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Herodotus, The Histories (ed. A. D. Godley) 4 0 Browse Search
Pausanias, Description of Greece 4 0 Browse Search
Polybius, Histories 4 0 Browse Search
Thucydides, The Peloponnesian War 2 0 Browse Search
P. Ovidius Naso, Metamorphoses (ed. Brookes More) 2 0 Browse Search
M. Annaeus Lucanus, Pharsalia (ed. Sir Edward Ridley) 2 0 Browse Search
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Browsing named entities in Polybius, Histories. You can also browse the collection for Ionian Sea or search for Ionian Sea in all documents.

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Polybius, Histories, book 2, Cisalpine Gaul (search)
what tribes and districts they were on which Hannibal relied to assist him in his bold design of destroying the Roman dominion. I will first describe the country in which they live, its nature, and its relation to the rest of Italy; for if we clearly understand its peculiarities, geographical and natural, we shall be better able to grasp the salient points in the history of the war. Italy, taken as a whole, is a triangle, of which the easternThe Geography of Italy. side is bounded by the Ionian Sea and the Adriatic Gulf, its southern and western sides by the Sicilian and Tyrrhenian seas; these two sides converge to form the apex of the triangle, which is represented by the southern promontory of Italy called Cocinthus, and which separates the Ionian from the Sicilian Sea.The southernmost point of Italy is Leucopetra (Capo dell'Armi). Cocinthus (Punta di Stilo) is much too far to the north; yet it may have been regarded as the conventional point of separation between the two seas, Sic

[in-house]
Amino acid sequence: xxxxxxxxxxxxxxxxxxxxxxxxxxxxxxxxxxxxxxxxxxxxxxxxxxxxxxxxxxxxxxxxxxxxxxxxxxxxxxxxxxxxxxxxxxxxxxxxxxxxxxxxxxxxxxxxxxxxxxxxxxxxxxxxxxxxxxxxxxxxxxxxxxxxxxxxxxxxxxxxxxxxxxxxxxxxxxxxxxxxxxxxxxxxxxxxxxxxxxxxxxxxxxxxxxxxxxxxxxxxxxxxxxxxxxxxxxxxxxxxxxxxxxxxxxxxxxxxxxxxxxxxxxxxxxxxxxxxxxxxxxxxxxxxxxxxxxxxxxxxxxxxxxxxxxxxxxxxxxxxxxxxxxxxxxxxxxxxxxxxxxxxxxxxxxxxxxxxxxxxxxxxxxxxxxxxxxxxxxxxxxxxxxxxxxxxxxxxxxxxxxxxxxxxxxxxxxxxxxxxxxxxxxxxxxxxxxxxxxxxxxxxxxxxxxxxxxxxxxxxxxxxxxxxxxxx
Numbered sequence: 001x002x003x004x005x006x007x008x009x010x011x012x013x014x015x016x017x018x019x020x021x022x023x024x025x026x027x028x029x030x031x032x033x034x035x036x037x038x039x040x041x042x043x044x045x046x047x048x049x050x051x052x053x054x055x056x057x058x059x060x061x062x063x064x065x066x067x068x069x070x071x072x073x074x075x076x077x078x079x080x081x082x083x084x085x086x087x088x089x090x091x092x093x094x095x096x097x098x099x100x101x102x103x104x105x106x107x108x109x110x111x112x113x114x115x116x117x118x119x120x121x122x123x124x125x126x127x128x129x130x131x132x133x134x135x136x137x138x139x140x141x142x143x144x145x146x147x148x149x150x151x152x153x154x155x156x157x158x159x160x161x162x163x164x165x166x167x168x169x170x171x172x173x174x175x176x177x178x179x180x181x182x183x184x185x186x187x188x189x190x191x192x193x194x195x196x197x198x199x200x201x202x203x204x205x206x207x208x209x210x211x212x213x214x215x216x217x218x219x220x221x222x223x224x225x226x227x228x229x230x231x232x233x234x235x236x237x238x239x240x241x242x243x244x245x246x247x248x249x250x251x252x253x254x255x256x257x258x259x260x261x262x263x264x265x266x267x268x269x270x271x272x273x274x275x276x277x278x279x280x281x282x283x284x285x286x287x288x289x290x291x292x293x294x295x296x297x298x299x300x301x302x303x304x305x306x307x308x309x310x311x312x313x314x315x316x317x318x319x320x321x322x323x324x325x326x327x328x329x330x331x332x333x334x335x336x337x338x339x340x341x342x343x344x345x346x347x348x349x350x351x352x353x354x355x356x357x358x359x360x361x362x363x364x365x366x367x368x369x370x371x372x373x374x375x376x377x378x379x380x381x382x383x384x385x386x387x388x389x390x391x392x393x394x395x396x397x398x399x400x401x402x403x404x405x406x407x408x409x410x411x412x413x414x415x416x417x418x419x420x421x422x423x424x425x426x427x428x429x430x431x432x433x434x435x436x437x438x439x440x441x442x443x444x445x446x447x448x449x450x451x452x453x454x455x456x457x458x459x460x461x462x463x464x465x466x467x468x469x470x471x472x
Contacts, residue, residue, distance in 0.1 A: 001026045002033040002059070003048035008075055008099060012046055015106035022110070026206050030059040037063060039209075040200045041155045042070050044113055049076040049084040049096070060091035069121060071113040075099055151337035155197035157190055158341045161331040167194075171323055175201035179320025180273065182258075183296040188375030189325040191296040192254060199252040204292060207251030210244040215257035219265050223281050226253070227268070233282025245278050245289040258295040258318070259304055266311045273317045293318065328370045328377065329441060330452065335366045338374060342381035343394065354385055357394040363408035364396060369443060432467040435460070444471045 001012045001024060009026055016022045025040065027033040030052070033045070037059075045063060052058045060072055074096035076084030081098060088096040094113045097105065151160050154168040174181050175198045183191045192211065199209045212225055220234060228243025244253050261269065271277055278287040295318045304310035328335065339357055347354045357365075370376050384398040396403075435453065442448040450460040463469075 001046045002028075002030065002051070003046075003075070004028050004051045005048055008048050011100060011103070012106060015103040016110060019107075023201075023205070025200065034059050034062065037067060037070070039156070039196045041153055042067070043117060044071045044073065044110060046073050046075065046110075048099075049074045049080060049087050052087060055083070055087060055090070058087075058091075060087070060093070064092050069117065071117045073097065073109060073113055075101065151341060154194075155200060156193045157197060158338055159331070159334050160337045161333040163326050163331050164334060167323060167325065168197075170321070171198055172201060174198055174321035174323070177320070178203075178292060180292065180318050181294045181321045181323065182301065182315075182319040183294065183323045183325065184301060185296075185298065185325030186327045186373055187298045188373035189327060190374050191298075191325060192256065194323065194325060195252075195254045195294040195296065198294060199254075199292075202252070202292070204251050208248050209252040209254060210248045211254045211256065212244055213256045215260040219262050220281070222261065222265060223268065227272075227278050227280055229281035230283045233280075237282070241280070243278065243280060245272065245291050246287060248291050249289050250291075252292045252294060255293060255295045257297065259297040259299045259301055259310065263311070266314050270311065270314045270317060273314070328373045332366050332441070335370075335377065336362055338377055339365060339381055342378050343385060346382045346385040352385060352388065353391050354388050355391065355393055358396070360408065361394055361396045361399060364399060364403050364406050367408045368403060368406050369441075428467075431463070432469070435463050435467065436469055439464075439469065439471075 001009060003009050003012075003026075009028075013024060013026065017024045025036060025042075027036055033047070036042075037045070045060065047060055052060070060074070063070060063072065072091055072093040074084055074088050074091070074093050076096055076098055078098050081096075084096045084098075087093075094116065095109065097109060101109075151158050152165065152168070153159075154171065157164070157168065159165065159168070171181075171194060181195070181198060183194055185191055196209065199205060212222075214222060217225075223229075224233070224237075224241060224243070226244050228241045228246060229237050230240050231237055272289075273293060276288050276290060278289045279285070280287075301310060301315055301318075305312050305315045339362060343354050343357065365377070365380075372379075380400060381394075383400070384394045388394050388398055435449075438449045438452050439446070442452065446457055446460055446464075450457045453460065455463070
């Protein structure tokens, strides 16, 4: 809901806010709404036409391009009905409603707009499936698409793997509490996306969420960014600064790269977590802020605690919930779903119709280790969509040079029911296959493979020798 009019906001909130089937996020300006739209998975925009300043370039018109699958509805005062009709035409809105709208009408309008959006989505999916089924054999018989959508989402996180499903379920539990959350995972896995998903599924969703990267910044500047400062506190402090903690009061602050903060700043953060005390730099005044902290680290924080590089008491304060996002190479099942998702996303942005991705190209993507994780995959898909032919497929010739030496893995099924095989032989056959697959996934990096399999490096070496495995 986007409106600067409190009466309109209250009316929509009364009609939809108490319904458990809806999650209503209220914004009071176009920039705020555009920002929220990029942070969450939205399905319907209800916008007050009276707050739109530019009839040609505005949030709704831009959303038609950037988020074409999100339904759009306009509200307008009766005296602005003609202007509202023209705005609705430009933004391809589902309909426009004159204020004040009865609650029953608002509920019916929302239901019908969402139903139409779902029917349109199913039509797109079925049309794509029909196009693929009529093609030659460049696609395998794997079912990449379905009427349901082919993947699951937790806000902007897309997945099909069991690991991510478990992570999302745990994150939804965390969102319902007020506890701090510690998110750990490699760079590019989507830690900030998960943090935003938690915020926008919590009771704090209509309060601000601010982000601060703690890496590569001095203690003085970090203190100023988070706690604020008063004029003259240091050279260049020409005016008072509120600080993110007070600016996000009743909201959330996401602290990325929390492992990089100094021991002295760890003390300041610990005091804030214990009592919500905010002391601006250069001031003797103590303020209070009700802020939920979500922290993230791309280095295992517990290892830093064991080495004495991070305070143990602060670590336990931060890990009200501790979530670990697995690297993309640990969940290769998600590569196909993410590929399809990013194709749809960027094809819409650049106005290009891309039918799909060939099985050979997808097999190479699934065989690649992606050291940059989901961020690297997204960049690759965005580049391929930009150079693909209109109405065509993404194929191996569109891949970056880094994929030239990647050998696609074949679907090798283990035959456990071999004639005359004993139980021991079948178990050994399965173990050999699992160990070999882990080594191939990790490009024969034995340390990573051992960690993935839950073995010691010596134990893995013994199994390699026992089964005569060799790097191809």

Polybius, Histories, book 5, Philip Withdraws to Cephallenia (search)
Philip Withdraws to Cephallenia As he neared the mouth of the Aous, which flows Panic-stricken at the reported approach of a Roman squadron, Philip retreats to Cephallenia. past Apollonia, a panic fell upon his fleet such as happens to land forces. Certain galleys on the rear of the fleet being anchored at an island called Sason, which lies at the entrance to the Ionian Sea, came by night to Philip with a report that some men who had lately come from the Sicilian Strait had been anchored with them at Sason, who reported that they left some Roman quinqueremes at Rhegium, which were bound for Apollonia to support Scerdilaidas. Thinking this fleet must be all but upon him, Philip, in great alarm, promptly ordered his ships to weigh anchor and sail back the way they came. They started and got out to sea in great disorder, and reached Cephallenia, after sailing two nights and days without intermission. Having now partially recovered his courage, Philip remained there, covering his flight